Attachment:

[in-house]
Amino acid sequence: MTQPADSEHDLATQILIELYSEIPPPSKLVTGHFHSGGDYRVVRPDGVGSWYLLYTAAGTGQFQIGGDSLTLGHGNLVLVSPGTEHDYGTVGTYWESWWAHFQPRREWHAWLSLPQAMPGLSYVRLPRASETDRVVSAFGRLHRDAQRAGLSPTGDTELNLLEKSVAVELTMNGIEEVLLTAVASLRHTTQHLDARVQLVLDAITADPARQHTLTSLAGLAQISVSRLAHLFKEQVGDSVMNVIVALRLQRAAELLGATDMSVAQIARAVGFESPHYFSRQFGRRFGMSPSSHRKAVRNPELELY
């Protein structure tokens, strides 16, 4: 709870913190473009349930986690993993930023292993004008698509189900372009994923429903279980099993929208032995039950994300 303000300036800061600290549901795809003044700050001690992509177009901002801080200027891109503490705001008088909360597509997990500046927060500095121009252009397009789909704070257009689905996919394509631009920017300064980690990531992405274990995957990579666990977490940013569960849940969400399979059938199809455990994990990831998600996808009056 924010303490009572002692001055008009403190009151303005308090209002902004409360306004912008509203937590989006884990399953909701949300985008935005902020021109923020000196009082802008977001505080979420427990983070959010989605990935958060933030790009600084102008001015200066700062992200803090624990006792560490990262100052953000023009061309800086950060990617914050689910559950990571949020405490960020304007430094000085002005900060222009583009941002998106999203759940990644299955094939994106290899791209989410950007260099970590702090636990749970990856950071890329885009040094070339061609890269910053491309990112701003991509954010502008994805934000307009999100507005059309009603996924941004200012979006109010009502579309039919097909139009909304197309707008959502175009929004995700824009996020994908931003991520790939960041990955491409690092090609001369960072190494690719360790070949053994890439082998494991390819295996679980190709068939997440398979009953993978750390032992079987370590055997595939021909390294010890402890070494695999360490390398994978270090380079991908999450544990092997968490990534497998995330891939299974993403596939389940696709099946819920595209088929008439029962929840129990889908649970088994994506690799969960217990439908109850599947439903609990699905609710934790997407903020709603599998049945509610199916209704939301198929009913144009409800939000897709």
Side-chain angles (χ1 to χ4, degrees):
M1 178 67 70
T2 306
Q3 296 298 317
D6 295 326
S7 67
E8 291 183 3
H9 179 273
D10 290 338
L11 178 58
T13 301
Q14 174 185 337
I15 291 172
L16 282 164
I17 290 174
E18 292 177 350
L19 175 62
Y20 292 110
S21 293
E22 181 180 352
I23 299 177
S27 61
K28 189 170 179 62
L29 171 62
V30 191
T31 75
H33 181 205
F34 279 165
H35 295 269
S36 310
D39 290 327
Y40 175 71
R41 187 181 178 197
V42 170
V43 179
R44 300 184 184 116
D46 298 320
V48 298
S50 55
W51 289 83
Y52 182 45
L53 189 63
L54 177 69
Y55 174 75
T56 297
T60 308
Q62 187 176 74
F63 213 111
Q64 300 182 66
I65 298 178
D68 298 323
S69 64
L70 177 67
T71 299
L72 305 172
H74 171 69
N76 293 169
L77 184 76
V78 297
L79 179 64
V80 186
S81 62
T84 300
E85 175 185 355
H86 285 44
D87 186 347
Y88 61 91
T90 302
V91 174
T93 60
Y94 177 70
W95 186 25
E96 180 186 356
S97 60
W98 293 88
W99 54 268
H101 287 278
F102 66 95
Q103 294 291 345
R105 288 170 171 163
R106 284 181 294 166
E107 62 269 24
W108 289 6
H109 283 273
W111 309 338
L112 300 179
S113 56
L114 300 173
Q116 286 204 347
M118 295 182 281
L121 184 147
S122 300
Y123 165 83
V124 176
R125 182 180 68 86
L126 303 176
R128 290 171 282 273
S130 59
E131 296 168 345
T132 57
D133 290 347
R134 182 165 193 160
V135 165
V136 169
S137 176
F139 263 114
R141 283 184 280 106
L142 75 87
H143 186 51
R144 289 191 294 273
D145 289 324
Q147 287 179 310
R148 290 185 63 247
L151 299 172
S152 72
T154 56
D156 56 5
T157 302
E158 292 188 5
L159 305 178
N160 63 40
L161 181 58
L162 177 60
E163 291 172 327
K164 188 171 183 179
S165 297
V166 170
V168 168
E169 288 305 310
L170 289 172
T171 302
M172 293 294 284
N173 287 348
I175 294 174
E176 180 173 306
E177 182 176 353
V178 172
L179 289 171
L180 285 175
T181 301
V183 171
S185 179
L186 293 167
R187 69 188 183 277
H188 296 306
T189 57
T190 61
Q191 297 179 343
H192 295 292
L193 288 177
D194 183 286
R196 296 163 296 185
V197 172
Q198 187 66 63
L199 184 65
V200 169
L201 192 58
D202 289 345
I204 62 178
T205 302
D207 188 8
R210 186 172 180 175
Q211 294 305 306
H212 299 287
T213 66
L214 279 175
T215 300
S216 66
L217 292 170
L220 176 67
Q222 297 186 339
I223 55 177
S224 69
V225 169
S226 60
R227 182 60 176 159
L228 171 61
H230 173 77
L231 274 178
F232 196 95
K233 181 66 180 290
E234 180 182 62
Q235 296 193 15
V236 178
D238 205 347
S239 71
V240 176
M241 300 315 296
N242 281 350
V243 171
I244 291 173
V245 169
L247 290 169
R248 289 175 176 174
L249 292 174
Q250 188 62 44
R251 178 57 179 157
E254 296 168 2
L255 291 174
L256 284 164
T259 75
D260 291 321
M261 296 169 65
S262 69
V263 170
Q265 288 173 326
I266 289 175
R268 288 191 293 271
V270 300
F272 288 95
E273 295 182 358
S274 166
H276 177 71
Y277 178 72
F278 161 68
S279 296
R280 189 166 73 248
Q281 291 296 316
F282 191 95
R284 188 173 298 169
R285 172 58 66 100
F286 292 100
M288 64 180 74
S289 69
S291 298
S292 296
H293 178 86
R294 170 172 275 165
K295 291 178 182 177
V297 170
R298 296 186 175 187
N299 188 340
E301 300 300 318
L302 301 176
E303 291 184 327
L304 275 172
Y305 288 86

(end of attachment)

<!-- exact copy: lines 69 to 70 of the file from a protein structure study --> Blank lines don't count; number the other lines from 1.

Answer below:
D87 186 347
Y88 61 91